I am pretty much done with the construction of the box itself. I had left the pins extra long and needed to trim them off, which is better then leaving them extra short and um… oh shoot. After some trimming and cleaning up the joints today I drilled and installed the hinges for the doors. I used SOSS model 100 hinges, 2 on each door which is good for material 1/2” thickness. I like those hinges, easy to install, fit well, and completely hidden for a nice clean look.
You’ll notice that I do some finishing work during my project progress, and not necessarily at the end and that is because I can do the finishing at night time, so whenever I get some part of the project ready for finishing I can go ahead with it while still constructing and building the rest later on (drawers in this case are still not cut). Just trying to keep busy and make good use of time and not having to finish all the parts at the end.
I had recently attempted to create a glass smooth finish on mahogany in my Machinist Toolbox project but was not as successful as I had hoped to be. Mahogany like some other species has large open pores that on the surface of the boards seems like trenches. when you apply finish to the board, the finish covers the board evenly except in the trenches where the finish drops into the trench leaving low spots/lines on the face of the finish. Now this is in no way a deal breaker, and the finish will protect the wood just the same, but it will not have a glass smooth look or feel to it thats all. In order to get a glass smooth surface you need to fill in those pores.
Filling the pores
My previous attempt was to use some mahogany sawdust from my ROS (using 220 grit paper) mixed with dewaxed shellac. The reason it did not work so well is because I think I simply did not have enough sawdust and the filling compound was too thin to do any good. This time around, I had more sawdust in the mixture and it was quite apparent – the finish mixture looked a bit like mud.
I applied the compound liberally to the box surfaces with the grain and across the grain. As an after thought I should have avoided going with the grain as this would pull the compound out of the pores/trenches while going across the grain would probably fill them better. the box looked very dirty and gritty (which was a GOOD thing):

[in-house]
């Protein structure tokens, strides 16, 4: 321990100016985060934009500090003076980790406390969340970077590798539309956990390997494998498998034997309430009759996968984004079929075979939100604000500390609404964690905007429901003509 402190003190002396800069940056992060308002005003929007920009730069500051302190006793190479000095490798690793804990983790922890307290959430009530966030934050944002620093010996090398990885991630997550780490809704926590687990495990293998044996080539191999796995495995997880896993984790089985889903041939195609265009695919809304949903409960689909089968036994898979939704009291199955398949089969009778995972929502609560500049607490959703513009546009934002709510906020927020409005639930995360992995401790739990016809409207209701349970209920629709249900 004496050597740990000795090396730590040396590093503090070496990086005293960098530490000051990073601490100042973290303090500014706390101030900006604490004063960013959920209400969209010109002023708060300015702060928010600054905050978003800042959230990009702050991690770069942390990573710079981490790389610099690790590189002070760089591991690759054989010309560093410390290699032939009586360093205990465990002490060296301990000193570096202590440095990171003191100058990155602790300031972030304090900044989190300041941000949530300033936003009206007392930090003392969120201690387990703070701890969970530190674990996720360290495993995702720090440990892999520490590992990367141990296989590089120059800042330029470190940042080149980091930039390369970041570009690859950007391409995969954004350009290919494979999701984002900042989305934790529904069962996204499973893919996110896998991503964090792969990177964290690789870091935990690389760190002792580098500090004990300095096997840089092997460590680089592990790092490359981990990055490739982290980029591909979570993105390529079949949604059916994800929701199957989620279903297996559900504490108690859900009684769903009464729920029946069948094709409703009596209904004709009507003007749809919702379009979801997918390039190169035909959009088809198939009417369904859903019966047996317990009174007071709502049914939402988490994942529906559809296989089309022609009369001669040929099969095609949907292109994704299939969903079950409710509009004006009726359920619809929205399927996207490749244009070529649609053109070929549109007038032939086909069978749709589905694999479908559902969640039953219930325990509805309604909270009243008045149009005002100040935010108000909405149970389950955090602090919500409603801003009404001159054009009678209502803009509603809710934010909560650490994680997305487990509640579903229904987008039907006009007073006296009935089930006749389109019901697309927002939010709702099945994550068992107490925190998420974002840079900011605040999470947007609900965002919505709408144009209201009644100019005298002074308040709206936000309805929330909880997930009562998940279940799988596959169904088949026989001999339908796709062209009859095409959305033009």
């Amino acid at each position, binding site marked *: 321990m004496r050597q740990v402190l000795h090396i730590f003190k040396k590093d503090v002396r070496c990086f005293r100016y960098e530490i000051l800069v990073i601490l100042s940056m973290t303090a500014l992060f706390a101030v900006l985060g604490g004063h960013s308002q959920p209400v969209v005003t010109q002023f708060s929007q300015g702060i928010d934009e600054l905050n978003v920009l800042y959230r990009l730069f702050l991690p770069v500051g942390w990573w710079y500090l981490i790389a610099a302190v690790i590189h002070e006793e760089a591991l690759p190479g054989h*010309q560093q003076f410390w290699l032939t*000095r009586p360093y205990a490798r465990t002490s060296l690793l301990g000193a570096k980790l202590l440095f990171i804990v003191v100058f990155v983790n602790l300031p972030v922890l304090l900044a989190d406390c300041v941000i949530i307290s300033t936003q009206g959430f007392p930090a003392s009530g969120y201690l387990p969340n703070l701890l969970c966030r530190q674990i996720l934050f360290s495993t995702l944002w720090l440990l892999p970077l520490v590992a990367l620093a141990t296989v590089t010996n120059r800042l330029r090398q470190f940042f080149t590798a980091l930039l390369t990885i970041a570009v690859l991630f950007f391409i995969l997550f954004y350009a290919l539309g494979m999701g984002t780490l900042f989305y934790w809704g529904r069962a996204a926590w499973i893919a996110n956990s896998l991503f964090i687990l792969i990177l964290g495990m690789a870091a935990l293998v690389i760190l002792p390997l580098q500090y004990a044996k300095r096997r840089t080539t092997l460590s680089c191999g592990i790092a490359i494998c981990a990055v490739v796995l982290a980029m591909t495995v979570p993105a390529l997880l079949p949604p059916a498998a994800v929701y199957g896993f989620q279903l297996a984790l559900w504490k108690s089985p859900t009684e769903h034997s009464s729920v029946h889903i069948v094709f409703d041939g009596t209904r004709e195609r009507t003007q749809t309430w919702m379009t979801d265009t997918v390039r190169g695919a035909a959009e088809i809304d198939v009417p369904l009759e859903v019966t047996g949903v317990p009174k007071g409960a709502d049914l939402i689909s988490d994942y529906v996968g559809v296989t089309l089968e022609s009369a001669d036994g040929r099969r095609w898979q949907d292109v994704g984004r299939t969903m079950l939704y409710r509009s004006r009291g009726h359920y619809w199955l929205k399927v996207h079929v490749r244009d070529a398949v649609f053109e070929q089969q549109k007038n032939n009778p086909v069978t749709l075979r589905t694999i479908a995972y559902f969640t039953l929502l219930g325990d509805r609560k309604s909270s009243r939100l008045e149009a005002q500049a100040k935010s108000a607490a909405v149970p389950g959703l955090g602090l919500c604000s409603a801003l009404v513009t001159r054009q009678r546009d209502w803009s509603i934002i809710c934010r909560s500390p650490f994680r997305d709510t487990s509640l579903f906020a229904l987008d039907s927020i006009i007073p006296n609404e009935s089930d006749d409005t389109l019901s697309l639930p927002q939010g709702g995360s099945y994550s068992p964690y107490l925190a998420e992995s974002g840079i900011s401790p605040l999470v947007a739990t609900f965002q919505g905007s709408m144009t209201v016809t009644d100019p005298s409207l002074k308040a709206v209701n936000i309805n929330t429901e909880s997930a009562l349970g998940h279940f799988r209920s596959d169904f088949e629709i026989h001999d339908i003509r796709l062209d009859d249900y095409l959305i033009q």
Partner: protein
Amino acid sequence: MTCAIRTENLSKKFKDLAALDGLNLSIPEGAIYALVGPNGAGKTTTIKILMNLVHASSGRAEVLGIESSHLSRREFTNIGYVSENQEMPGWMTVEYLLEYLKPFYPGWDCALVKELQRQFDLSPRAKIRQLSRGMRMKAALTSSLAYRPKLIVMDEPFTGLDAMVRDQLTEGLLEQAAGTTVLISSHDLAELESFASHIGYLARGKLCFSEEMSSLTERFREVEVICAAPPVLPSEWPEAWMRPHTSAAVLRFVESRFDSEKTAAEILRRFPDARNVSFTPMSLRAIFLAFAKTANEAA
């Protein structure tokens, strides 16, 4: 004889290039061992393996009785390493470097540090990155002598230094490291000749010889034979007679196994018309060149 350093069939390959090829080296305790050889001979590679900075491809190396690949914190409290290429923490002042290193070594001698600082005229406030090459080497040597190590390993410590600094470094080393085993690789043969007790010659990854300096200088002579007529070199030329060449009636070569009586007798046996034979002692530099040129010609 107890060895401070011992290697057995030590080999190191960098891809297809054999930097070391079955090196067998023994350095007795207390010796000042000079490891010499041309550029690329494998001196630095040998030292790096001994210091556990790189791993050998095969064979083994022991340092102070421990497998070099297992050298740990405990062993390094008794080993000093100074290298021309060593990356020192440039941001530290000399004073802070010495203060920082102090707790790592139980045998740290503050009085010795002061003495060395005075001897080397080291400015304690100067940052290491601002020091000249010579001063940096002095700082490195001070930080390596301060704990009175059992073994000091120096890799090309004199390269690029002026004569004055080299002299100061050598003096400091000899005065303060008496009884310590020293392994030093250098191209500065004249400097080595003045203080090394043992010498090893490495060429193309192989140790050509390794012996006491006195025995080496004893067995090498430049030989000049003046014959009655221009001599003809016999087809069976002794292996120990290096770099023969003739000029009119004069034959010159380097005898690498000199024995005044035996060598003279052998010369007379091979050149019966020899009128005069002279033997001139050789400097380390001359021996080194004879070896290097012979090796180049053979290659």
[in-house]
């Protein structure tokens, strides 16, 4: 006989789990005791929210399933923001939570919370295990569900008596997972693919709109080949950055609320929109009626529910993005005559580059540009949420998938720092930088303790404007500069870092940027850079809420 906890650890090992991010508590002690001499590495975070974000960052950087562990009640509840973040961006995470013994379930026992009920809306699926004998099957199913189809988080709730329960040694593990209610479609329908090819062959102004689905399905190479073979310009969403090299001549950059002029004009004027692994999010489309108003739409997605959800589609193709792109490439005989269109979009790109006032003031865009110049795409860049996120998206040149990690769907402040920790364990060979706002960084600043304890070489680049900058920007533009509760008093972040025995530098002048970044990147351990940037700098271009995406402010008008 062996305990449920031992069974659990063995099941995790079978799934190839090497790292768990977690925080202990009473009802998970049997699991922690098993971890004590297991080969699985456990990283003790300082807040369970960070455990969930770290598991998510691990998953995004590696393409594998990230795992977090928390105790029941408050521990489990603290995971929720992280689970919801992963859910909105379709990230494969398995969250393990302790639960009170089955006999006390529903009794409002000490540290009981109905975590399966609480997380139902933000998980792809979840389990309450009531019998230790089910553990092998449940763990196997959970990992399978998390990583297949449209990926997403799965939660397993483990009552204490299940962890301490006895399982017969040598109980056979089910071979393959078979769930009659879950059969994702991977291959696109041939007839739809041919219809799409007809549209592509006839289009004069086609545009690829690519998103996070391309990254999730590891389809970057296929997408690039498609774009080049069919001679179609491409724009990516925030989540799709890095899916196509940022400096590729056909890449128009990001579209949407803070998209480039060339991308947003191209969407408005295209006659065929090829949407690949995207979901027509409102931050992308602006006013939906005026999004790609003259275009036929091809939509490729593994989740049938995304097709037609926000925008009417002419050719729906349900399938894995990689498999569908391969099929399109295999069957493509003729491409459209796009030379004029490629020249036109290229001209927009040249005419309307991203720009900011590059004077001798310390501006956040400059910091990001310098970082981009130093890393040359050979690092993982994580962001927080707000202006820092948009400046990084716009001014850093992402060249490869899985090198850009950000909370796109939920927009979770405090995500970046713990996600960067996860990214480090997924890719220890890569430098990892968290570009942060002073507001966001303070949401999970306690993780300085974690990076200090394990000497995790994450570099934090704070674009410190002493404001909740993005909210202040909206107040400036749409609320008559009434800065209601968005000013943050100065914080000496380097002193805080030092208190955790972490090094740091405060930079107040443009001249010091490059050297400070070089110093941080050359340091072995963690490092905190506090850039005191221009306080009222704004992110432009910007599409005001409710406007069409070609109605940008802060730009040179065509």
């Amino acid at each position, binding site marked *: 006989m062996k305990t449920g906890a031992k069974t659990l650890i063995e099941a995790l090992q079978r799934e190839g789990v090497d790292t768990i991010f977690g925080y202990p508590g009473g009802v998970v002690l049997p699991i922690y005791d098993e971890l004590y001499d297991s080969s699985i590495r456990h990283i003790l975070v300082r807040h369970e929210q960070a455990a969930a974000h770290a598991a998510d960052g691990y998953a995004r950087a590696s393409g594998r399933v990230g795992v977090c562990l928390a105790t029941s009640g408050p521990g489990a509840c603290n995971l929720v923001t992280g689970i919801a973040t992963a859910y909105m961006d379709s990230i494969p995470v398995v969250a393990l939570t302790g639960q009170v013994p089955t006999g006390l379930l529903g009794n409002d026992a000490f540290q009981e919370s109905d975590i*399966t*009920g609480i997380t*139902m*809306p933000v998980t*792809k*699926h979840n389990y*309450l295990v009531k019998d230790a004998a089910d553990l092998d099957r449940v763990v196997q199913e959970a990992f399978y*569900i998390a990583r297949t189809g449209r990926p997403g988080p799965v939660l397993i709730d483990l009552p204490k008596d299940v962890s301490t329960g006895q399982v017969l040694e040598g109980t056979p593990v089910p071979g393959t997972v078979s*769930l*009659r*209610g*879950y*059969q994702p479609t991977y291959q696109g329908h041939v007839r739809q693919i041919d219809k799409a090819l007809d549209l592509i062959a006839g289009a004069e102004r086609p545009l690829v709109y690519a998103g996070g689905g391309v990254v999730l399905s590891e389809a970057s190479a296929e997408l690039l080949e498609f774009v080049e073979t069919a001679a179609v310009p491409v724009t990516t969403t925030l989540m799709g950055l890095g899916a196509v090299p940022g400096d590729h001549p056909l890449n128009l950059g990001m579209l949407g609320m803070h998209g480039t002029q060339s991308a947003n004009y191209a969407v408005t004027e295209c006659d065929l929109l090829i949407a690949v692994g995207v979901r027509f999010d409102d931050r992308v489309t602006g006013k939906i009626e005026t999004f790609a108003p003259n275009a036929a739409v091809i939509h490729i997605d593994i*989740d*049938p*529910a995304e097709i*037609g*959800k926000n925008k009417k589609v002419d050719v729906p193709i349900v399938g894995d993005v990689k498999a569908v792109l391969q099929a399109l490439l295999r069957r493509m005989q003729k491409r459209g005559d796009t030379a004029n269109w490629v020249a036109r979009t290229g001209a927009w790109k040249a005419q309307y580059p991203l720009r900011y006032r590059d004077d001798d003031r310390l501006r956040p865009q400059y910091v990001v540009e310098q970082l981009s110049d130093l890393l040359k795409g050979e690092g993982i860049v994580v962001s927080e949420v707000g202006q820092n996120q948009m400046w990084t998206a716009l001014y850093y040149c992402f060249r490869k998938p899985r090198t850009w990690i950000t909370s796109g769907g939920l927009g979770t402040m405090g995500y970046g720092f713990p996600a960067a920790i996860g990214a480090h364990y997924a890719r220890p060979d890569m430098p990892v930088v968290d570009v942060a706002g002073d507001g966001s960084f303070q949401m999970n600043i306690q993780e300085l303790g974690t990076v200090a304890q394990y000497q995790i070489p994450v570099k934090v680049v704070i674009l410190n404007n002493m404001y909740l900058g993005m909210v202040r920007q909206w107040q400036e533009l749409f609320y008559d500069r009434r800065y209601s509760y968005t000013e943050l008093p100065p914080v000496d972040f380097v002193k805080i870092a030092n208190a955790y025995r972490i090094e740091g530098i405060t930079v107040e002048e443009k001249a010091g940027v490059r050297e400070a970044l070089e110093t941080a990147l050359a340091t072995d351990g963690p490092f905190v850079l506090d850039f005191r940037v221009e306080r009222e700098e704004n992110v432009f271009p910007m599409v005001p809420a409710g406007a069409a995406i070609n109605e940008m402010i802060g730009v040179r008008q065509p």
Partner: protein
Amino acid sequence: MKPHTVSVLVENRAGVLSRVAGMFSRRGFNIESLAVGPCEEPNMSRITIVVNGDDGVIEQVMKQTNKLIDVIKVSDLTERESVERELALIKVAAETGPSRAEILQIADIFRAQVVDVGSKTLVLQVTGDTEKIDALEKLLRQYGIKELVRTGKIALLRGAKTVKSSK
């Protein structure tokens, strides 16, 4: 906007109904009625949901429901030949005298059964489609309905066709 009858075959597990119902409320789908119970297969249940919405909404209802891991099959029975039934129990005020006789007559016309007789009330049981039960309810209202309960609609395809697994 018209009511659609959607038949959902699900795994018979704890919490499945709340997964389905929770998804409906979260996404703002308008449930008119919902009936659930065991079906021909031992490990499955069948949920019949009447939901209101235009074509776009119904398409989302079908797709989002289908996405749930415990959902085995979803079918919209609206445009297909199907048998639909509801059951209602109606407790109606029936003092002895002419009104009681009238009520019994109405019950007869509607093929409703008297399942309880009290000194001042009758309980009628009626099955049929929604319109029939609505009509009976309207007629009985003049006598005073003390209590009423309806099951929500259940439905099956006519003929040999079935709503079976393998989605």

I then let this dry for about an hour and tried sanding it down with a ROS and 220 grit paper. It didn’t quite cut it (pun intended). there was quite a bit of buildup on the box (again – a good thing, and just what I was hoping for). I reverted to using a scraper and scraped the entire box inside and out on all surfaces. Needless to say that was a LOT OF WORK, but proved some good results. the shavings that came off where of the finish which cleaned off nicely from the box:
Theoretically and what I was trying to achieve was to remove the gritty finish from the surface of the box leaving behind somewhat bare wood, with the low spots of the pores still filled with the unscraped filler finish in them as the scraper would not reach inside the pores.
I then lightly sanded the box with a ROS and 220 grit to clean off any left over marks and smooth things out, and applied a 2nd coat of a thinned down mixture (basically whatever was left from the 1st coat with some added dewaxed shellac) and after 45 min sanded it down with ROS and 220 grit. The results were exciting! the surface was glass smooth with no bumps in it (from the pores). to test it I used my fingernail and passed it along the board. Before it would bump in all the pores, but now it just went smoothly across the box – FABULOUS! :
I added 1 more coat of dewaxed shellac, let it dry for 45 min, and then added 2 more coats using the french polish method (cheese cloth with old CLEAN sock inside and force rub the shellac on the surface of the box) with 30-45 min between coats. The surface is just what I was trying to achieve. glass smooth to the eye and to the touch:
(pardon the image quality, but the reflection off of the dry finish can still be seen which is the purpose of this photo)
Mission Accomplished! I had been planning to have this finish on this box from the first moment I designed the box (over 2 years ago), and am glad it came to fruition.
Special Thanks to Karson who gave me some ideas RE filling in the pores (scraping it off). Karson used a similar approach but generated the sawdust using wet sanding with the finish, while I prepared the sawdust in advance. FYI Karson, the Shellac filler came off fairly easily with the scraper.
Conclusion, dewaxed shellac + fine sawdust in the right amount will do a good job filling in pores and will be a perfect match in color to the project at hand. That said – it does require some effort to get it done and might be easier to do as a prefinishing operation before gluing the project together.
By the way, All of this was done in a matter of ~5 hours from start to finish (literally).
I wonder if putting a couple of coats of poly on top of this would damage the shine (as an extra step to protect the box) any thoughts?
Now for the drawers…
-- ㊍ When in doubt - There is no doubt - Go the safer route.